Mario Kart DS
The Mario Kart franchise has come a long way since the original Mario Kart made its debut on the Super Nintendo Entertainment System in 1992. Our favourite plumber went 3D with the Nintendo 64, and portable with the Gameboy Advance in Mario Kart Super Circuit. The Gamecube altered the form of the game, allowing two characters to board a Kart together and did away with the jump button. As you read this, thousands of racers are bashing each other with green shells and slipping on banana skins as they take their game to the global stage with the new Nintendo wi-fi connection, representing their country against the best in the world. No pressure, then.
The mechanics of Mario Kart DS are wonderfully simple Ė the top screen accommodates your primary racing view, while the bottom screen shows two different course maps with a quick tap to change between the two. It acts as a third eye on whatís going on in your area Ė itíll pick up shells hurtling towards you, course obstructions, and other racers. Picture this: itís one of those situations where two of you are hurtling towards the finish line and youíre in front. You donít know where heís going to pass you and whether you can cross the line before he does. The bottom screen, however, knows all. Glance down and you can clearly see that Princess Peach is attempting to overtake on your right, prompting you to block her path and finish victorious. In other games the course map acts as an indicator of rankings and which direction you need to turn. In Mario Kart DS, itís your ally. Learning when to revert to the map is fundamental to success, and proper utilization can take your game to a new level.
Quality racing in Mario Kart DS isnít just about finishing first Ė itís also about how you deal with the surprises and hindrances along the way. You can be at the front of the melee going into the last bend and finish 5th because an overgrown mushroom wasted you with a red shell. Youíll be taking a corner like a king and Bowser will lightly brush your kart and send you flying. These of course, are typical of any Mario Kart game. But it seems to be intensified on Mario Kart DS: Pick up a Blooper, and youíll cover your enemiesí screens with a splash of black ink, making it all the more difficult to avoid those pesky cheep cheeps. Grab a Bullet Bill and youíll rocket from the back to the front, scattering plumbers and apes in neck-ties alike.
Although the bottom screen proves imperative at this point, itís a constant reminder that you have to expect the unexpected when playing Mario Kart DS. What you can expect though, is plenty of tracks (both old and new, for you nostalgia lovers), challenges (the new Ďmissioní mode sees you testing your Mario Kart abilities to the limit) and of course, characters. But not as much as Double Dash, which not surprisingly has about twice as many characters than Mario Kart DS. You have to work for them though - 8 different cups await, on the three typical speed settings plus the inevitable mirror mode, just to stretch your skills a bit further.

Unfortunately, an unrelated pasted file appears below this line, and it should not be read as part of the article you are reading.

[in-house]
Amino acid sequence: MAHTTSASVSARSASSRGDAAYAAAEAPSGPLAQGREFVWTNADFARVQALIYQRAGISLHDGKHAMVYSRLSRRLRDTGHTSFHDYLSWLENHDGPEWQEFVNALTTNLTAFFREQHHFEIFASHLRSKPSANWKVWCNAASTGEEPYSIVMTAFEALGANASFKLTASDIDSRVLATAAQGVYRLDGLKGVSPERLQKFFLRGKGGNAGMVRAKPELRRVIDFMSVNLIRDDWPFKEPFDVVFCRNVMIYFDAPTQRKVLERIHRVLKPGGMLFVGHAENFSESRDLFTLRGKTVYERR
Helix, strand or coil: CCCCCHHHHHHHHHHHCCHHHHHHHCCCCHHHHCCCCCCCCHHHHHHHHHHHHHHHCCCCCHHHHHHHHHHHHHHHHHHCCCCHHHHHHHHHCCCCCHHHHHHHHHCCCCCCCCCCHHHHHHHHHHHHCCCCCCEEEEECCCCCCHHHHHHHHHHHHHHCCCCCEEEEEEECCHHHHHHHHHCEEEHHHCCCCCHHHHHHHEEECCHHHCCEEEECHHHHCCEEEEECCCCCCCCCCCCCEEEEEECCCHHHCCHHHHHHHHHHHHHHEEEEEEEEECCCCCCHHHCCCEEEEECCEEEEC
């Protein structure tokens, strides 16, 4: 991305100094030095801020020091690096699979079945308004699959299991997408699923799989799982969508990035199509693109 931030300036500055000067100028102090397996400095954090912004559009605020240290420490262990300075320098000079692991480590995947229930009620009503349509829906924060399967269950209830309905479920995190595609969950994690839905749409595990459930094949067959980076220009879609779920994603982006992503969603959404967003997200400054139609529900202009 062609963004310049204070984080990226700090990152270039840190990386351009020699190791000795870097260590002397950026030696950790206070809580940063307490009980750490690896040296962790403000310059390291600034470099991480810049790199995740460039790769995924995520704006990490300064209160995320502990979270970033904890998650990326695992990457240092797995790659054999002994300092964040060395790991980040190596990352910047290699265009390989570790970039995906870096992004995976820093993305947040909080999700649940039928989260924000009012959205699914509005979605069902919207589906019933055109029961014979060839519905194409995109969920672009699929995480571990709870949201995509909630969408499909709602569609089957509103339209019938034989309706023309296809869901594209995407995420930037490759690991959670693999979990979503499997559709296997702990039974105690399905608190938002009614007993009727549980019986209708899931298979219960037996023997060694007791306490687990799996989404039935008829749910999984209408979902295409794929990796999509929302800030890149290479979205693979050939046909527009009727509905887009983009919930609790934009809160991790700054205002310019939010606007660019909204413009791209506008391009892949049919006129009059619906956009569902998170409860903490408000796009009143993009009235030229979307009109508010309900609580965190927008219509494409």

The courses are beautifully constructed and varied Ė who would have thought Luigiís mansion would make such a great setting for a Mario Kart race? Despite the age of the Mario Kart franchise, Nintendo can still dream up some classic courses Ė like Waluigi Pinball. Now, Waluigi hasnít lent his name to anything of much merit, and if he has to be remembered for something, let it be this. Waluigi Pinball is arguably one of the best Mario Kart courses ever created. Set on a tilting pinball table, you make your way downwards around a twisting track, drifting through corners and avoiding the big nasty pinball that is determined to give you a game over. Reach the bottom, and itís every man for himself as flippers, bollards and balls cover the floor. Itís a truly memorable Mario Kart experience - itís just a shame you canít take it with you online, as only 20 tracks are available and sadly, Waluigi Pinball isnít one of them. Each Kart has its own advanced set of statistics, more so than in previous MK games. Choosing a racer to fit your playing style is simpler than ever before, and you can even customize an emblem of your own design onto the kart which can be seen above your kart and by your name when you take your fight online.
The handling and controls of the karts are superb, and you can really notice the difference between a kart that specializes in drifting and another that may excel in acceleration. As well as the Grand Prix, Time Trials and Mission Modes, there is the ĎBattleí option where you can choose between two games Ė Shine Runners and Balloon Battle, the latter of which you have to burst other racers balloons while keeping yours in the air. Blow into the mic, and youíll inflate another of your remaining balloons. Itís a nice touch, but itís easier just to hold down select and get a better view of the course while you do. Shine Runners sees you collecting golden shines, enough to progress through each level of dismissal before just you and another racer remain. Itís a frantic battle of accuracy and pace as you aim to either smash more shines from your enemy or preserve your own. Both Battle modes take place in beautifully crafted custom-made arenas Ė ĎTart Topí has you bouncing around a creamy dessert treat, which will splodge onto your screen like Blooper ink if you hit it. Graphically, Mario Kart DS is a treat as well.